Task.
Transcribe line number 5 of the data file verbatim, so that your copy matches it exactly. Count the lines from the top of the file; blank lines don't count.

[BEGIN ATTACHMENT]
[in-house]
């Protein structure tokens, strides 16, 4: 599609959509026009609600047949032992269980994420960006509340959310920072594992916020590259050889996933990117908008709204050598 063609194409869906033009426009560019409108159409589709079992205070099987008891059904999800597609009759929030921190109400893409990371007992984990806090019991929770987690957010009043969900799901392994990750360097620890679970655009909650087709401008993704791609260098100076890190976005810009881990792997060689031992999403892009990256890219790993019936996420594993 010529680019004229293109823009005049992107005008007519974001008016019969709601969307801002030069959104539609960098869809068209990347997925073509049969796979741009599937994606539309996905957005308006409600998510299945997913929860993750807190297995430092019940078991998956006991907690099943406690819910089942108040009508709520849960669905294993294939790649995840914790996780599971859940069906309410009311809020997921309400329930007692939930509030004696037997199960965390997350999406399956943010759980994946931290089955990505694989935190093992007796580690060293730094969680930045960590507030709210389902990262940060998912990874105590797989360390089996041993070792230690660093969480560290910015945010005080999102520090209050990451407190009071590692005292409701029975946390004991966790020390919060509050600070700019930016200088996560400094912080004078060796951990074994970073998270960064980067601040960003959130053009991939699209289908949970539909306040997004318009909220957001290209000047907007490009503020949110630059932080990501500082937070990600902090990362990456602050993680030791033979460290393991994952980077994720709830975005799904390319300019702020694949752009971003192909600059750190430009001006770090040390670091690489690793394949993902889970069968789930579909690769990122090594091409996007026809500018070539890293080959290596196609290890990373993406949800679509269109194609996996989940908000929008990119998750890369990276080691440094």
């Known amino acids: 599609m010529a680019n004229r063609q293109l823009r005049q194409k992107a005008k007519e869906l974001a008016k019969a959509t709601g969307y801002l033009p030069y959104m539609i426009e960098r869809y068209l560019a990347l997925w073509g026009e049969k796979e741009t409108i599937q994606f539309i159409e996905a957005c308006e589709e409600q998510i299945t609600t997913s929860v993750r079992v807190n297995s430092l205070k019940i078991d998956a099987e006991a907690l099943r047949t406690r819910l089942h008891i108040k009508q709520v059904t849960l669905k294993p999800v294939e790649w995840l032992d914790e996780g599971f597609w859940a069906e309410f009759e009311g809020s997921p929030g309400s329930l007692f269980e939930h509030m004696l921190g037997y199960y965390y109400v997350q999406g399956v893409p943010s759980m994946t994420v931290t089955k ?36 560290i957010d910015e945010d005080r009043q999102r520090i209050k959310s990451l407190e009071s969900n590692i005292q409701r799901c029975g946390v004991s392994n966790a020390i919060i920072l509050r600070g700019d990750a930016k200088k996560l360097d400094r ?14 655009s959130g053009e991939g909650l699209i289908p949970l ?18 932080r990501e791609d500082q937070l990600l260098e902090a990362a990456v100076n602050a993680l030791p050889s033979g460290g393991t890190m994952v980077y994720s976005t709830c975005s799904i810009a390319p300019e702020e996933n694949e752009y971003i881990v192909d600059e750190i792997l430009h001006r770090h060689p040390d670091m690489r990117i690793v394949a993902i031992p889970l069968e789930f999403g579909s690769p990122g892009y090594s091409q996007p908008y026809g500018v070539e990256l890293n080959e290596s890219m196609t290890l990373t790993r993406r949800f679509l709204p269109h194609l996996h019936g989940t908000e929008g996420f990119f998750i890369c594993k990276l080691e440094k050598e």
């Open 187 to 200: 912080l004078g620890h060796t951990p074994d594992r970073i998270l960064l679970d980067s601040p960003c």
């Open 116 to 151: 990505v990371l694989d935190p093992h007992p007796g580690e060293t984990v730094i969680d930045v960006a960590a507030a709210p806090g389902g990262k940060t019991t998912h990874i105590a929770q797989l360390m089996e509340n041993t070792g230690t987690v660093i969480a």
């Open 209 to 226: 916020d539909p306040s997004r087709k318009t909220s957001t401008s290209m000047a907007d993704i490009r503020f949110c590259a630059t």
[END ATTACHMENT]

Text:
């Open 116 to 151: 990505v990371l694989d935190p093992h007992p007796g580690e060293t984990v730094i969680d930045v960006a960590a507030a709210p806090g389902g990262k940060t019991t998912h990874i105590a929770q797989l360390m089996e509340n041993t070792g230690t987690v660093i969480a």